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Students push for chastity center
Brandon McGinley '10, the president of Anscombe and a leader of the movement to establish a center, said the group hopess "to make the University social and sexual culture more conducive to students."
"[The Center would help] by rectifying the current double standard by which the University implicitly gives its seal of approval to a more libertarian view of sexuality," he said.
McGinley is also a columnist for The Daily Princetonian.
He said that Anscombe members had discussed the possibility of the creation of a center "for a while" and began to consider it in earnest in spring 2008. A group of supporters of the center has been in constant contact with the administration since then while developing a proposal, McGinley added.
This week, the group launched its publicity campaign by handing out fliers across campus and hanging posters that said, "It's time for the Center for Abstinence and Chastity." Both sets of advertisements promote a series of events this week endorsing the center. The Anscombe Society paid for the posters, though not all advocates for the center are officially affiliated with the society.
Monday morning, Anscombe also posted a petition supporting the center on its website. McGinley said that 116 people have signed so far. The petition also includes a question asking signers whether they would consider donating to the cause, and McGinley said 58 people expressed interest. After signing the initial petition online, supporters are given the option of sending a form letter to President Tilghman and Provost Christopher Eisgruber '83 endorsing the center's creation.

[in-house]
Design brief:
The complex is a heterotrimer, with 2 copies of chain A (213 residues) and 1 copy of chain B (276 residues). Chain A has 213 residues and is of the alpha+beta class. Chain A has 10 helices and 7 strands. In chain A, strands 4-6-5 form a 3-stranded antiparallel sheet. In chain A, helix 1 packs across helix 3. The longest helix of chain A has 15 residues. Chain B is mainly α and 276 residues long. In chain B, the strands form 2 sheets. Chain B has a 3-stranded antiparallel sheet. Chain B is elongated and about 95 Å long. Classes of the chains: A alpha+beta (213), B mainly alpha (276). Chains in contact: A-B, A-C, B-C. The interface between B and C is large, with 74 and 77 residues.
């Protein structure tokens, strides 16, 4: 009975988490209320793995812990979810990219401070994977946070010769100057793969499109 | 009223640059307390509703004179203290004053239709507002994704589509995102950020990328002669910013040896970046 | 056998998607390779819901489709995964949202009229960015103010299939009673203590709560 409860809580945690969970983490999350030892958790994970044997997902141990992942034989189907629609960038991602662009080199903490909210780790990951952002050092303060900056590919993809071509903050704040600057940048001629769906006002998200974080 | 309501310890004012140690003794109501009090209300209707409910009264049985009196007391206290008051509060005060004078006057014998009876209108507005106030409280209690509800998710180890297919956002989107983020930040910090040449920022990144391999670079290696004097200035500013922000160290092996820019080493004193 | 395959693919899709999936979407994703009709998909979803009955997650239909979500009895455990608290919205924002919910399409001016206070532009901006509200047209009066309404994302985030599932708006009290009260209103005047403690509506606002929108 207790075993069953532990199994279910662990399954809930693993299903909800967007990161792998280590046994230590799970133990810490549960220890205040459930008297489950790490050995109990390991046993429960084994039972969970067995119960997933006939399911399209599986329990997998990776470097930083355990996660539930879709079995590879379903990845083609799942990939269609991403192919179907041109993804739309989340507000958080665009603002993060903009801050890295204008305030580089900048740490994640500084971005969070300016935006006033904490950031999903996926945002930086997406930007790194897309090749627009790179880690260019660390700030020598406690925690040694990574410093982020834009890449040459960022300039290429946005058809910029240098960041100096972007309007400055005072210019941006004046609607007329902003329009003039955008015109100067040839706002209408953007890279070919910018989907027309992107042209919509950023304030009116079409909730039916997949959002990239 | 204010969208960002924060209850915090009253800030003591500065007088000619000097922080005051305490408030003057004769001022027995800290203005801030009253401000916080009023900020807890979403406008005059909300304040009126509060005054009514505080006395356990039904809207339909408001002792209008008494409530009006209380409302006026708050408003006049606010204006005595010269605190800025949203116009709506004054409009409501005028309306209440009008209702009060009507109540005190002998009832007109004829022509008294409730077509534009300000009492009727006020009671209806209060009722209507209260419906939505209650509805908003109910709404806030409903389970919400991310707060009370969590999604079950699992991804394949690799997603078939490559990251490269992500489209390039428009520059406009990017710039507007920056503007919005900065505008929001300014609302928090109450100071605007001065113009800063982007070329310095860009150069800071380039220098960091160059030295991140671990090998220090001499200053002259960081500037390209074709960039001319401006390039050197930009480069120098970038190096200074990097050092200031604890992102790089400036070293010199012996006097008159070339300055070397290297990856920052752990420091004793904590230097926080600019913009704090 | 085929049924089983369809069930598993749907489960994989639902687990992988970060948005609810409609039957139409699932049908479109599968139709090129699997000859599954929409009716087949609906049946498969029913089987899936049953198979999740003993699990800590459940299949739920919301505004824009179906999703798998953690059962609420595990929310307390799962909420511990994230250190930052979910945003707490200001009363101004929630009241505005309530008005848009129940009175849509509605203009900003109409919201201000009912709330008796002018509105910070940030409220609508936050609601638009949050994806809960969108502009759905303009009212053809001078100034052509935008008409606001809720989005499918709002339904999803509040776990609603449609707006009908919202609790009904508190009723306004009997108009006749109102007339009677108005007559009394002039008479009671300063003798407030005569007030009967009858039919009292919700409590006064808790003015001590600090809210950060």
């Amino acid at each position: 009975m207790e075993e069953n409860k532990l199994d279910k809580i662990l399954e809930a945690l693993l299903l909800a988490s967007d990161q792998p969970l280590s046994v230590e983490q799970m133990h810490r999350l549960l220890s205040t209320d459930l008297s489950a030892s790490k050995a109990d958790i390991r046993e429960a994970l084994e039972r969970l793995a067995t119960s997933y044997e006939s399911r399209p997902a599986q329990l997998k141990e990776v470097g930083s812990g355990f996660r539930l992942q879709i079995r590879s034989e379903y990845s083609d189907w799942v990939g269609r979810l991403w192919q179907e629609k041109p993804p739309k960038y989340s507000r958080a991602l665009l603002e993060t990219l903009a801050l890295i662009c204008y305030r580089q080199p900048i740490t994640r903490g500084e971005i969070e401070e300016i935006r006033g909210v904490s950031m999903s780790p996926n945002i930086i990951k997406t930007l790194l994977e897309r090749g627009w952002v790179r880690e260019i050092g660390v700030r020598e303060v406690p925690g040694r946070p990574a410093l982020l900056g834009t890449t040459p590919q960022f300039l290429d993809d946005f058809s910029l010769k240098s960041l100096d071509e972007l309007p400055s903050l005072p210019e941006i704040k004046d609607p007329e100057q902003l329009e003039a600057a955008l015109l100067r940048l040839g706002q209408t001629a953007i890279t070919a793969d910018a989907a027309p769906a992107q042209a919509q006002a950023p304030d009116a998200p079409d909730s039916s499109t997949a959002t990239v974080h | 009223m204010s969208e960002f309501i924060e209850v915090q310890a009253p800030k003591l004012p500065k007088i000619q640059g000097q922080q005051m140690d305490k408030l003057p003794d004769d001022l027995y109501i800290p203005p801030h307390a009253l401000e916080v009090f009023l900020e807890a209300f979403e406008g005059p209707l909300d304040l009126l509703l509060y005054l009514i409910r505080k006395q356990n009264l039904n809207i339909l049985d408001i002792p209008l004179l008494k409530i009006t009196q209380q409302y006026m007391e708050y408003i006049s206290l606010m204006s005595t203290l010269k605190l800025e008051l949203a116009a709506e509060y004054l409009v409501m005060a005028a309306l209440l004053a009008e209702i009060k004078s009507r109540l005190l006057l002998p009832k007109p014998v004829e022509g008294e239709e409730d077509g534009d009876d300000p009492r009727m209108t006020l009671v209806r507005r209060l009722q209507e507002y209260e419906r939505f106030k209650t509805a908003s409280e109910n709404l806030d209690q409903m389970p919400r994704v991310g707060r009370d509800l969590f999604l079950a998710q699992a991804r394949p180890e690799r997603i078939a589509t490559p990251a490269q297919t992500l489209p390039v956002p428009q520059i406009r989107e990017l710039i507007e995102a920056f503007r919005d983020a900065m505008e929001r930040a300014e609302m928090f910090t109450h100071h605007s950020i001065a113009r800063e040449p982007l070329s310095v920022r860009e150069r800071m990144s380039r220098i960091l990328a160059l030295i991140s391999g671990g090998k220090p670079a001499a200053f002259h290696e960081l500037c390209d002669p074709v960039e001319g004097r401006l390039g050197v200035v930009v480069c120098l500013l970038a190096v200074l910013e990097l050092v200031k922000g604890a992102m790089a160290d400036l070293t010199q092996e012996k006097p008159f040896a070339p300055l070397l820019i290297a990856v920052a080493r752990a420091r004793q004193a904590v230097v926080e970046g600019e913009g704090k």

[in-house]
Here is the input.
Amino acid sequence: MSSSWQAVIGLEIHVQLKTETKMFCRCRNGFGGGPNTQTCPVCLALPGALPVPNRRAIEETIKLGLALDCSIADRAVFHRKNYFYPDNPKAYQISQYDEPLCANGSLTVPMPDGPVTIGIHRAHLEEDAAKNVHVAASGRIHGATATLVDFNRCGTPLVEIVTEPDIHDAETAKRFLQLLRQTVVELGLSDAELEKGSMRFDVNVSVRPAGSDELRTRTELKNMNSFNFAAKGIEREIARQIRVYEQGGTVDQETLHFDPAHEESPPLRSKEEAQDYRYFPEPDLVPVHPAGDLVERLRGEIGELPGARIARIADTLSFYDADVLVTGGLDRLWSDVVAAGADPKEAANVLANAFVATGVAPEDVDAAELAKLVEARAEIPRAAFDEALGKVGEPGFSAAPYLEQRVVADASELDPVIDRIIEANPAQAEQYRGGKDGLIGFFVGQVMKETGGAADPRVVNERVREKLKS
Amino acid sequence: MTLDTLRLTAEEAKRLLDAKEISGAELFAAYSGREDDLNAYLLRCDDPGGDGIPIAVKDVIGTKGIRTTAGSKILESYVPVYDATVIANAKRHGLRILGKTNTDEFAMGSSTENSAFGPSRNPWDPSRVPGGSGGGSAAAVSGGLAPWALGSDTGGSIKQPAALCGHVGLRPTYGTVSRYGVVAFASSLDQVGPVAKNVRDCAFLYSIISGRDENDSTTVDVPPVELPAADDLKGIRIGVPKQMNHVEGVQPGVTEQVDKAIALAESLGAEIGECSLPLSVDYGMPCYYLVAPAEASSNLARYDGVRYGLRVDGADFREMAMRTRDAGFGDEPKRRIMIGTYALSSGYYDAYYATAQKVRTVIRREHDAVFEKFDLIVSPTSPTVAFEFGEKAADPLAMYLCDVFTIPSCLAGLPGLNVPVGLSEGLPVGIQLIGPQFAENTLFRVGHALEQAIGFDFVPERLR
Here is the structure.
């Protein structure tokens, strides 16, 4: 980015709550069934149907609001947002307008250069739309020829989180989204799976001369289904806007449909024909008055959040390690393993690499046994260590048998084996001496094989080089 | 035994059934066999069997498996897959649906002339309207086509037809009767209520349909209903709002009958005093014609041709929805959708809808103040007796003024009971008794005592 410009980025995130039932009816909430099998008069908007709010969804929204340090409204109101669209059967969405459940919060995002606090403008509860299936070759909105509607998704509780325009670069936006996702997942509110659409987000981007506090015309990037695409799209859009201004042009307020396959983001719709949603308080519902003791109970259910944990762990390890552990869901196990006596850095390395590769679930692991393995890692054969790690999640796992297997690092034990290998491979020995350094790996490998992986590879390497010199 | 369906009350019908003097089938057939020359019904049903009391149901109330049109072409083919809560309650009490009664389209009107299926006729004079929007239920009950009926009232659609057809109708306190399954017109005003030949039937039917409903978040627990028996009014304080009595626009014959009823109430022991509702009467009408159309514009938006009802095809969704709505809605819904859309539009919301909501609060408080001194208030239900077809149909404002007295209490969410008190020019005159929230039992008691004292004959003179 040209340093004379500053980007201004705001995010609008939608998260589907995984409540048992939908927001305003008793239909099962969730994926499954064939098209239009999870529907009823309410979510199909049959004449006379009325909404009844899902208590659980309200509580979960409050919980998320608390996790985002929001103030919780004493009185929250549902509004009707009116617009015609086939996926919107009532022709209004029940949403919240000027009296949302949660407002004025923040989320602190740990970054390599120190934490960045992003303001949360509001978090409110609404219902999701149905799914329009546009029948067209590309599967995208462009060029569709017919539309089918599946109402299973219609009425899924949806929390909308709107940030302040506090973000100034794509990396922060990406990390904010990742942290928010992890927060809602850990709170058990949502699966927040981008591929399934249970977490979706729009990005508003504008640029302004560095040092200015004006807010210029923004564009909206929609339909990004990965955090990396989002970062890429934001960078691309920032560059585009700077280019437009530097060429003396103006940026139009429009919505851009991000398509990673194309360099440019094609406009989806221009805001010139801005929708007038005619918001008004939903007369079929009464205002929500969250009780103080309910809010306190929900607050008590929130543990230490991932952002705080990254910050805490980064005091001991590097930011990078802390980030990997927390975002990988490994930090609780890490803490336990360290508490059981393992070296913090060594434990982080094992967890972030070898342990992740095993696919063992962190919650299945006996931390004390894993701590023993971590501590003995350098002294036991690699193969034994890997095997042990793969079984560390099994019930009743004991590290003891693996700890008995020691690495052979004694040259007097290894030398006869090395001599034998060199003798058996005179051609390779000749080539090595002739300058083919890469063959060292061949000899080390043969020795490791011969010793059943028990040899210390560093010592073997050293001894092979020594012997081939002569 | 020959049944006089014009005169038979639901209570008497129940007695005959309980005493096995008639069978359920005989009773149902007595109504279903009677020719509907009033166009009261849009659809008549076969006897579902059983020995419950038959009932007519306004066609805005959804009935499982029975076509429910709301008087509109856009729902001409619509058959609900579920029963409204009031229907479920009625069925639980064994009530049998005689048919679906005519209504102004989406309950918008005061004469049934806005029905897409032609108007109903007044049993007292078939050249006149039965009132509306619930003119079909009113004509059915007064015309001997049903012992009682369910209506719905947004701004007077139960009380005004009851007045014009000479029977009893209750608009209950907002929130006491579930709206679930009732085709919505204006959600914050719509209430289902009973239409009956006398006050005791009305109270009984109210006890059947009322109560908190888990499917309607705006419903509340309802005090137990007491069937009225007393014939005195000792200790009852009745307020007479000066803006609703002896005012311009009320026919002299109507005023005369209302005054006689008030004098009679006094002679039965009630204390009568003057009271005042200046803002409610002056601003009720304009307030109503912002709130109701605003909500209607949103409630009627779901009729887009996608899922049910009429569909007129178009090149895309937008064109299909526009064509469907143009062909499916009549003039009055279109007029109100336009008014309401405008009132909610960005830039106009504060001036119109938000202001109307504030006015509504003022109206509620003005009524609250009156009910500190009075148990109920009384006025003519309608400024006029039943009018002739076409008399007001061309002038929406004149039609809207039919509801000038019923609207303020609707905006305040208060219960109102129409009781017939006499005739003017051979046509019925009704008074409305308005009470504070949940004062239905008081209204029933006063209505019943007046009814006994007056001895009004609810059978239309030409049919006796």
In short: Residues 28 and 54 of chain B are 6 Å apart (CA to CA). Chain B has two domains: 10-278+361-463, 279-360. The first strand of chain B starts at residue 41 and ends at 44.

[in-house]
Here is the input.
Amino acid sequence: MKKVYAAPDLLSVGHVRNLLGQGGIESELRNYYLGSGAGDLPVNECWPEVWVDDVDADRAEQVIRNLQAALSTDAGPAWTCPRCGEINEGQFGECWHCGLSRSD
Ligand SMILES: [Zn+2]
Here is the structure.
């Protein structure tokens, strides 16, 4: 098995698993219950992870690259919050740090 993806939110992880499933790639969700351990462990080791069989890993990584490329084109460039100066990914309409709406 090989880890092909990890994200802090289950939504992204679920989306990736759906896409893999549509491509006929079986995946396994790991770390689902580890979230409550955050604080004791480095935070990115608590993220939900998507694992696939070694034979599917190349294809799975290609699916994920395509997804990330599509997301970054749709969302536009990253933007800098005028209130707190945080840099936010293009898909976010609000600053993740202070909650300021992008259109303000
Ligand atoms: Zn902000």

Politics professor Robert George, who said he supports the proposal, added that he believes it will be approved in the future. "I think the strength of the idea will eventually carry it through, so I'm confident," he said. "But I'm subscribing to that old wisdom, 'If you predict the place, don't predict the time. If you predict the time, don't predict the place.' "
In an e-mail sent in response to the petition signers, Tilghman wrote, "The question of whether the University would sponsor the establishment of a 'Center for Abstinence and Chastity' was raised with several members of the University administration last year, and each of us provided the same response, which was a firm 'no.' "
Tilghman explained that she recognized the difficulties some students may face pursuing chaste lifestyles, but said she did not think there was ample reason for a chastity center to be established. "I understand that it is sometimes difficult to stand up for what you believe when you are in the minority, but the fact that you are greeted with opposing points of view when you do so is not sufficient grounds for the University to establish a center," she said.
Still, McGinley said his group maintains that since the University has centers to support groups like women and members of the LGBT community, the implementation of the Center for Abstinence and Chastity would be natural.
"The professional service and the professional support that many students feel comfortable receiving from the University are not available to those who have moral commitments in the realm of sexuality that are looked on, at best, suspiciously by administrative arms and definitely by the student body at large," he said.